A consent to search will normally be held voluntary if the totality of the circumstances fails to show that the officers used fear, intimidation, threat of physical punishment, or lengthy detention to obtain the consent. The trial court may also consider as factors in its analysis prolonged questioning, the accused’s age, level of education, intelligence, and advisement of constitutional rights; and the psychological impact of these factors on the accused. ... [T]he court should consider whether a reasonable person would feel free to decline the officers’ request to search or otherwise terminate the encounter.

(Citation and footnote omitted.) Diaz , supra, 344 Ga. App. at 299-300 (1) (b), 810 S.E.2d 566.

Nevertheless, "[t]he intrusiveness of a consensual search—including the type, duration, and physical zone of the intrusion—is limited by the permission granted, and only that which is reasonably understood from the consent may be undertaken." (Footnote omitted.) Walker v. State , 299 Ga. App. 788, 791 (2), 683 S.E.2d 867 (2009). As in any type of search, the "the ultimate touchstone of the Fourth Amendment is ‘reasonableness.’ " (Citations omitted.)

Riley v. California , 573 U.S. –––– (II), 134 S.Ct. 2473, 2482 (II), 189 L.Ed.2d 430 (2014). With this framework in mind, we turn to Martinez’s arguments on appeal.

A. Whether the officers were lawfully in the home’s curtilage.

We first consider Martinez’s claim that the officers exceeded the scope of any permissible presence at his house due to their intent to search independently of the registry compliance check.2

Martinez argues that he had a right to privacy in the curtilage...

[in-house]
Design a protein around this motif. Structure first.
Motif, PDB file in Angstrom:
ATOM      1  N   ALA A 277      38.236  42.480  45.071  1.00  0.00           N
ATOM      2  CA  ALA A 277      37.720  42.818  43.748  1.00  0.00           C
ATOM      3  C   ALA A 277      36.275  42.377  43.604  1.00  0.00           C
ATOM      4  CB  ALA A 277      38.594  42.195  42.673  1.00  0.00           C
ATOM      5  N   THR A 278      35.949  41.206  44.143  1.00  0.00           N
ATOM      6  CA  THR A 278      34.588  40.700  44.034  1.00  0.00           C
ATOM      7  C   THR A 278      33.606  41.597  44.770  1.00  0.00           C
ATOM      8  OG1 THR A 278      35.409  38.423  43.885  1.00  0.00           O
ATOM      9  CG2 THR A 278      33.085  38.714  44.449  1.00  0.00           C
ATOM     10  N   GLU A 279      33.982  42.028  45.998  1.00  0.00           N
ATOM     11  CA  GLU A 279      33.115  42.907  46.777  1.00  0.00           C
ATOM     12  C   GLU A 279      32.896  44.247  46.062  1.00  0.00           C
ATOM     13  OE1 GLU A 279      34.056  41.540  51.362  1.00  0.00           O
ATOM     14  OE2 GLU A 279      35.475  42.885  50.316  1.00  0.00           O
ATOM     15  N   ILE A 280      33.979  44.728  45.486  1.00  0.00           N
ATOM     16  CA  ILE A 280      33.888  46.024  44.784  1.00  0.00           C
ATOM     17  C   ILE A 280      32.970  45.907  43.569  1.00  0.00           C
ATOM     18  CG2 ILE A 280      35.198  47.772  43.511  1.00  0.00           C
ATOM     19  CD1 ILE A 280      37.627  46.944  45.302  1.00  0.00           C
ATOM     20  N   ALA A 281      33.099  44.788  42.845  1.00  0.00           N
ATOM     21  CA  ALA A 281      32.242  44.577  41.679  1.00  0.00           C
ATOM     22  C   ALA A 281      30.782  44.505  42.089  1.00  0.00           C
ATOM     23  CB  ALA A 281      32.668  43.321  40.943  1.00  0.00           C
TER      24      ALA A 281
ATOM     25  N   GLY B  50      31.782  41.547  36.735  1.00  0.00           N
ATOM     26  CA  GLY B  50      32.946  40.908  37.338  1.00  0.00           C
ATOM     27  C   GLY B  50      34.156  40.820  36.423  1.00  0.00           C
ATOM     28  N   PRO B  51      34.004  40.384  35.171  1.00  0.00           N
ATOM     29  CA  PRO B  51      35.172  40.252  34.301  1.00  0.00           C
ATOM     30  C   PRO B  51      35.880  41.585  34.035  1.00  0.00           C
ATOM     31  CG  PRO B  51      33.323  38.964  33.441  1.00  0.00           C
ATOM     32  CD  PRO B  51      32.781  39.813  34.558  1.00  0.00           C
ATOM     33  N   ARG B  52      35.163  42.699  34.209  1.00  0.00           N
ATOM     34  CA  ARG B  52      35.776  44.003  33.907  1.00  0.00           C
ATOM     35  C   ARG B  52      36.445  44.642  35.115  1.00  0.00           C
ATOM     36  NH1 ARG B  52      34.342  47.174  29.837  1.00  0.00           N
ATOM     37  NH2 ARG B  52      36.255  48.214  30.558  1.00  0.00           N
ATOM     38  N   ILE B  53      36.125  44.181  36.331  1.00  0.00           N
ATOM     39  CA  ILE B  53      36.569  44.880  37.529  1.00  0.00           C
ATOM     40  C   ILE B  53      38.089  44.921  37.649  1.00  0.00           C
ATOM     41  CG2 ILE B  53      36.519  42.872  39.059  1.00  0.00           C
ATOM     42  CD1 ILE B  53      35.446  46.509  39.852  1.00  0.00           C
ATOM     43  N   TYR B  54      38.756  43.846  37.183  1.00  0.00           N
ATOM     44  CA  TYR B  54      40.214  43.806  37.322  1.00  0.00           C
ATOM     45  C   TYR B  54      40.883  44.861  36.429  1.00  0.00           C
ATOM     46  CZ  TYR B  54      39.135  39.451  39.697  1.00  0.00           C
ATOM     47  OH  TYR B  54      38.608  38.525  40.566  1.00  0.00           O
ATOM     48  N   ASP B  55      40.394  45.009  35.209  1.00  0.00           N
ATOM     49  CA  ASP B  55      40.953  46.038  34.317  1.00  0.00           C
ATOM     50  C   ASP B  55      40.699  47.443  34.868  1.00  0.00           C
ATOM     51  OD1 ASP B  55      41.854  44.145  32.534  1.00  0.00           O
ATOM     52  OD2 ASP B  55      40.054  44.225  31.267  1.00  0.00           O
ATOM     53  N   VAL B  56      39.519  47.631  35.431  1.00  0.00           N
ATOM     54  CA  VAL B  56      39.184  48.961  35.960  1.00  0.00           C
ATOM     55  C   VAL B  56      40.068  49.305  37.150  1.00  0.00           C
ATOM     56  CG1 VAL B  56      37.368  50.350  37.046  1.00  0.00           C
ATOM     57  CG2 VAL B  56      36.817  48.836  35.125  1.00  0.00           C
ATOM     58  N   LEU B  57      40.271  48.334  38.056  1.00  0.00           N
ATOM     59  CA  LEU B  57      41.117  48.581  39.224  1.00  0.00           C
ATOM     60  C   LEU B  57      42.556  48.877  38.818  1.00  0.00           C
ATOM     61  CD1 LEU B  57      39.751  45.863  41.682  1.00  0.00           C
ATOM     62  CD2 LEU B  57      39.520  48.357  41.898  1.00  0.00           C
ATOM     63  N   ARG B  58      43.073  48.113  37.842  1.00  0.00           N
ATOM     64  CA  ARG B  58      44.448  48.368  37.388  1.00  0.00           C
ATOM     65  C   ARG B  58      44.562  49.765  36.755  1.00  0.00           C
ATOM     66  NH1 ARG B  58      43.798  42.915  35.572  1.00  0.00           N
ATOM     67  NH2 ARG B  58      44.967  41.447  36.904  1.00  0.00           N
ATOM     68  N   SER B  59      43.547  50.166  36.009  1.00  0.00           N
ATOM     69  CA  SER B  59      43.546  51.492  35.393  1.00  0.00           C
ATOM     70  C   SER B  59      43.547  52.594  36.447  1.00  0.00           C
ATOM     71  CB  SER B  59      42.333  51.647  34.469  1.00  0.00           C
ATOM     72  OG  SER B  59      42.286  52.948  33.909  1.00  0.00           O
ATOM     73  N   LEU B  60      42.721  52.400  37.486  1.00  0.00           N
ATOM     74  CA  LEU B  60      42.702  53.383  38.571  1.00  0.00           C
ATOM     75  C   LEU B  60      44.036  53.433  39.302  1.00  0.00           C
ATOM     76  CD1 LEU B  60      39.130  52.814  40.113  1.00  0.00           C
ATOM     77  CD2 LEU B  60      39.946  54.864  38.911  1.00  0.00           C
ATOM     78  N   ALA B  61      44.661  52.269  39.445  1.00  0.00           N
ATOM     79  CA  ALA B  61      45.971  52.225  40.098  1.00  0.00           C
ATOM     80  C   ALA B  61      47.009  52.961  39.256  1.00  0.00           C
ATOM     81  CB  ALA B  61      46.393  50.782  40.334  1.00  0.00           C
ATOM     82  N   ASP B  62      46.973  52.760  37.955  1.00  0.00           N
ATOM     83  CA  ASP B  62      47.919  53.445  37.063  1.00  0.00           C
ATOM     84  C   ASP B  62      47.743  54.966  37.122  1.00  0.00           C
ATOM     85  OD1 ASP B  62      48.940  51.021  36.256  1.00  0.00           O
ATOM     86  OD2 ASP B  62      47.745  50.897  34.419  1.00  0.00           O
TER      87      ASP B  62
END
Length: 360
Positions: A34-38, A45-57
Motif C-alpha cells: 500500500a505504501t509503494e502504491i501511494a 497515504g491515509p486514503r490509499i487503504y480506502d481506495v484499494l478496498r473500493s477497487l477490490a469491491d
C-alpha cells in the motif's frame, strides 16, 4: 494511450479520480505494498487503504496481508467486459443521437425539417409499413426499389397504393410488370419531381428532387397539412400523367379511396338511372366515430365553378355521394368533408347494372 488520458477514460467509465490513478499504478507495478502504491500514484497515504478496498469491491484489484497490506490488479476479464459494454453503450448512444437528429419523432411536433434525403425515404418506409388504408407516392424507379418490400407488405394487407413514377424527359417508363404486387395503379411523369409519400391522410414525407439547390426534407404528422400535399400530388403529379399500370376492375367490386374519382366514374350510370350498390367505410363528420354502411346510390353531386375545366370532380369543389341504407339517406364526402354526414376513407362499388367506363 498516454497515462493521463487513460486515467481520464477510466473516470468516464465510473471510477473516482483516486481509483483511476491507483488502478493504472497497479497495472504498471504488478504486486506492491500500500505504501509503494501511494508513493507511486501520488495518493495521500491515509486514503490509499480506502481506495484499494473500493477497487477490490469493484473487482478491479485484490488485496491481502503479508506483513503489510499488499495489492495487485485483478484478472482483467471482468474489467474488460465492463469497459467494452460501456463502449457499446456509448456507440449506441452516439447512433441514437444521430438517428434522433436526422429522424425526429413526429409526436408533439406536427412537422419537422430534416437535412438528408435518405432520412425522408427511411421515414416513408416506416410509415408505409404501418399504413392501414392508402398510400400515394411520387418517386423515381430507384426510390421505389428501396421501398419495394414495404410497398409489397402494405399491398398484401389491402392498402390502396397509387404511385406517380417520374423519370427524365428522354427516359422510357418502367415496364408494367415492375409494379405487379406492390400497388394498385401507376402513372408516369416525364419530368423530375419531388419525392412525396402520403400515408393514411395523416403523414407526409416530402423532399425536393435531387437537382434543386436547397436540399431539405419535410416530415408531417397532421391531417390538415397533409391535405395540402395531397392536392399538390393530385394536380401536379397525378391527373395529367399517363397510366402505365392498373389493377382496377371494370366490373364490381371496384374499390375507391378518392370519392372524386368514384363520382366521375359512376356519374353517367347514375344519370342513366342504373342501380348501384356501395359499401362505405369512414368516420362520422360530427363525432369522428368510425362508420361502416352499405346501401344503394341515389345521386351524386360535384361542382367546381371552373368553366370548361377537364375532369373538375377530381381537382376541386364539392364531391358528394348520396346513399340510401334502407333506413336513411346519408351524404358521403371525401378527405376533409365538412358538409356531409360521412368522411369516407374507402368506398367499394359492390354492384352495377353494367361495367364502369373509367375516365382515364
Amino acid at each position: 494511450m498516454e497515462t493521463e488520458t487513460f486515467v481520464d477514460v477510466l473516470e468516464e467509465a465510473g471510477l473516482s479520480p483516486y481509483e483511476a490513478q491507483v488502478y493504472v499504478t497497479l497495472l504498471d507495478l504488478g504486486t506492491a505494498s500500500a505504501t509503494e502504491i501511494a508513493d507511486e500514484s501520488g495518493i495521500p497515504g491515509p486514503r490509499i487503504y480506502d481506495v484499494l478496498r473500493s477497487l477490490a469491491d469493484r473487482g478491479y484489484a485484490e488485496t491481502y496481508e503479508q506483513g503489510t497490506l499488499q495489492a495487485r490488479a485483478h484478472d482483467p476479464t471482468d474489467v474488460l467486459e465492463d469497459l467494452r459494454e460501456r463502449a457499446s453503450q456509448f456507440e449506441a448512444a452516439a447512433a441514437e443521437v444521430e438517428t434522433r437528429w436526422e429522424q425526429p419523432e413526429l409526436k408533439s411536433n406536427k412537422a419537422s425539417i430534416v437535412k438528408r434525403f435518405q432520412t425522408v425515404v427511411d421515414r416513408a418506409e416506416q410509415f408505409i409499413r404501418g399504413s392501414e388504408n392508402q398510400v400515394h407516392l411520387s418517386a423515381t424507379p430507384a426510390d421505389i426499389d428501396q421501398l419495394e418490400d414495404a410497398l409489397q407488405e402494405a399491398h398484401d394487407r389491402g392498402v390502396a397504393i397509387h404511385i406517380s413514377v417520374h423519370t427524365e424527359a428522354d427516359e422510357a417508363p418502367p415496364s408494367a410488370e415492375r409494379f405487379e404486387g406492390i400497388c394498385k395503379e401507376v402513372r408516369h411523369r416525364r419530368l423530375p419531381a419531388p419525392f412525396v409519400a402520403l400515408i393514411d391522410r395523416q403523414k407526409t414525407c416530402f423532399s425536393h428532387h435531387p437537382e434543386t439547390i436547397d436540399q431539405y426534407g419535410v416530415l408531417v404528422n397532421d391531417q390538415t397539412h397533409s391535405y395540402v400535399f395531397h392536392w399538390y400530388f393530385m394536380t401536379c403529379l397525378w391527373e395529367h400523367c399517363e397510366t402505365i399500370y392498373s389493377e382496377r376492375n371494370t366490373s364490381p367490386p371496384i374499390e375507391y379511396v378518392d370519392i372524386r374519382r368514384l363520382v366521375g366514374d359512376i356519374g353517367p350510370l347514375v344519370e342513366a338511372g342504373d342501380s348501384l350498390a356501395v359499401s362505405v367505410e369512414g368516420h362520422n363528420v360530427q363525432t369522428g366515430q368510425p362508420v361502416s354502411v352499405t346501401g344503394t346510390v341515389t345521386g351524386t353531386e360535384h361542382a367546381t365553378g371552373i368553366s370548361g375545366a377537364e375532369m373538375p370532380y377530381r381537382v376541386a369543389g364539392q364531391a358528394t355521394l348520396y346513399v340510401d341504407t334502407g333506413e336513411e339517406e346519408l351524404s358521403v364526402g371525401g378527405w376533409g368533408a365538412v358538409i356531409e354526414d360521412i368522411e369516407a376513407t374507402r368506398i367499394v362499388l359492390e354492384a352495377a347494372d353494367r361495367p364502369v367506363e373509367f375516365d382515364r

To continue reading

Request your trial
4 cases
  • Winslow v. State
    • United States
    • Georgia Supreme Court
    • November 2, 2022
    ...(8th Cir. 1993) (noting that the scope of a suspect's consent to search is reviewed for clear error), with Martinez v. State , 347 Ga. App. 675, 683 (C) (ii),, 820 S.E.2d 507 (2018) (noting that although "reviewing the reasonable scope of the search will largely be a fact-specific inquiry,"......
  • Weintraub v. State
    • United States
    • Georgia Court of Appeals
    • October 31, 2019
    ...findings where the trial court's order lacks sufficient detail to enable meaningful appellate review. See Martinez v. State , 347 Ga. App. 675, 684 (C) (ii), 820 S.E.2d 507 (2018) ; see also Williams , 301 Ga. at 62, 799 S.E.2d 779 ("Given the uncertainty in the trial court's order regardin......
  • Bacon v. State, A18A1212
    • United States
    • Georgia Court of Appeals
    • October 19, 2018
  • State v. Albritten
    • United States
    • Georgia Court of Appeals
    • September 18, 2019
    ...suppress and remand for the trial court to make additional findings on the limited scope of standing. See Martinez v. State , 347 Ga. App. 675, 684-685 (C) (ii), 820 S.E.2d 507 (2018) (remanding a trial court's motion to suppress ruling for factual findings as to whether a forensic search s......

VLEX uses login cookies to provide you with a better browsing experience. If you click on 'Accept' or continue browsing this site we consider that you accept our cookie policy. ACCEPT